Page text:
Don’t take your rights for granted: Why you should protest in 2024

Don’t take your rights for granted: Why you should protest in 2024

Less and less young people are exercising their First Amendment rights

As I walked across Broadway over to the annual Women’s March Chico “Bigger Than Roe” Day of Action, I didn’t see anyone at first. I anxiously checked my phone over and over again, wondering if I was there at the right time and place. As I kept walking, I stumbled upon a small group of older women, (and a few men), holding cardboard signs and banners. I knew I found the right spot. 

A woman watches the protest. (Julian Manning)

The group was small, the smallest I had ever seen for a women’s march. I was not unfamiliar with this annual event; my mom had brought me to the 2017 march, which was heavily attended. The plaza then was filled, and I marched alongside hundreds of other women of all ages for equal rights. Now, after many years of hiatus, I found myself the youngest at a march in a group of sixteen. 

Because the group was so small, the protest was moved to the right side of the plaza, across from City Hall, to increase visibility. While we were walking, I spoke with Ellen Walker, a member of the Women on Reproductive Defense (WORD) group in Chico.

“I started with this group [WORD] in 2017, and protested before with others… I still do it because we lost rights we fought for, my mom worked at Planned Parenthood in 1940 as we gained more and more [rights], and now we are going back. We don’t want to lose, we need to gain back what we’ve lost.”

We don’t want to lose, we need to gain back what we’ve lost.

— Ellen Walker

What exactly have we, women, lost? 

Since 2017, these major changes in U.S policy negatively affecting women and abortion have been made:

Weakened protections against sexual harassment in schools – Nondiscrimination on the Basis of Sex in Education Programs or Activities Receiving Federal Financial Assistance, 34 C.F.R 106 (2020) 

Removing federal abortion protection – Overturning of Roe v. Wade, 410 U.S. 113 (2022) 

Prohibited federal Title X funds from going to family planning facilities that perform abortions – Title X 42 C.F.R 59 (2019) 

Blocked Equal Rights Amendment and removed deadline for it to be ratified –  (2023)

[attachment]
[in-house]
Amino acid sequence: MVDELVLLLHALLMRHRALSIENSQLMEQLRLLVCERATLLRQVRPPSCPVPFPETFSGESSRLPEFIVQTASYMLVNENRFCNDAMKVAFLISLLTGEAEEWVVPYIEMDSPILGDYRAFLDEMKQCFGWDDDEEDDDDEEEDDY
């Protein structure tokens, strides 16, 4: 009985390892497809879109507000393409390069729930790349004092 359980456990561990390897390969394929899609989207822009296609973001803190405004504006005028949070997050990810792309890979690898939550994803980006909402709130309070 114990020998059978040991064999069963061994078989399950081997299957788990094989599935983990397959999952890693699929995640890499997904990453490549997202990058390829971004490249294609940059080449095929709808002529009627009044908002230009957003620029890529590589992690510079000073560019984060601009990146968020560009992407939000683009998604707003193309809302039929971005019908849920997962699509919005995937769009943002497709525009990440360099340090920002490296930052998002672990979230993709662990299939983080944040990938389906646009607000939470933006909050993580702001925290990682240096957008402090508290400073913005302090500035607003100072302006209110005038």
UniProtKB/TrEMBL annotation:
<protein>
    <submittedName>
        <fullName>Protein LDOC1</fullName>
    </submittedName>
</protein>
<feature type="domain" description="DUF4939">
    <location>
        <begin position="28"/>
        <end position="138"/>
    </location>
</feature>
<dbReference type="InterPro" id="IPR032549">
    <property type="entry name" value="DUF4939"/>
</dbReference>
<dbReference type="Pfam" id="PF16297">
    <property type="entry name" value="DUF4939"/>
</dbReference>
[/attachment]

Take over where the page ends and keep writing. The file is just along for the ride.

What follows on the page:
With all these new restrictions on women happening in recent years, why aren’t we seeing more young women showing up to marches and protests? 

Well, I believe we are taking our rights for granted. High school aged women today have grown up with our rights minimally threatened. We grew up in a girlboss-girlpower era where Roe was a given, federal abortion rights a given, and us boss babes were just about to crush the glass ceiling!

But it wasn’t always like that. Shelley Townsell, a women at the protest, recalls a time where women had more restrictions than men when it came to dressing for school.

“I’ve been protesting 53 years…my first in high school [1970]. The women could not wear jeans on campus, we couldn’t wear pants, so we marched on campus to wear jeans, and we won. We walked out of class. And from there we started with [protesting] abortion, and the [Vietnam] War.”

A protester holds her sign to face the approaching traffic. (Julian Manning)

High school aged women now exist in an era where everything is digital, so why would they go out and protest when they could theoretically reach millions with an Instagram repost? 

The key word is theoretically. While you could argue that a repost could reach millions, the reality is that reposting something on a social media platform does next to nothing. What typically happens is something is shared within your circle, with those who follow you, and those who will most likely hold the same views. While sharing content about any issue important to you can feel good, is it actually making a difference? Which is more powerful, 1,000 re-shares or 1,000 people marching for their rights?

Almost every woman at the Bigger Than Roe March that I spoke with was retired, almost every woman had been protesting since high school, and every woman echoed a similar sentiment when spoken with: we need more young people here.

Even though the adolescent women of today grew up in a somewhat secure spot for women’s rights, that is not the case now. As Ms. Walker put it earlier, “Now we are going back. We don’t want to lose, we need to gain back what we’ve lost.”

Like I said, this was my first protest in seven years. I, too, am guilty of resharing on social media to make myself feel better. In my head I think I am doing what’s right, educating people, but in my heart I know I will be lost in the sea of everyone else I follow reposting the same thing. We’re shouting at the top of our lungs about these issues, but we’re not reaching the people who should hear it.

Three women congregate after the protest has ended. (Julian Manning)

But the shouting doesn’t have to be in vain. Seeing and sharing equal rights content on social media can be the first step in forming a protest or a march. Consider connecting with others who share equal views to form a group. And if protesting is not an option for you, consider writing to your representatives. 

Which is more valuable? Hitting repost or spending your Saturday making some real noise? Which has more impact: a small group of tired activists or a loud diverse crowd?  

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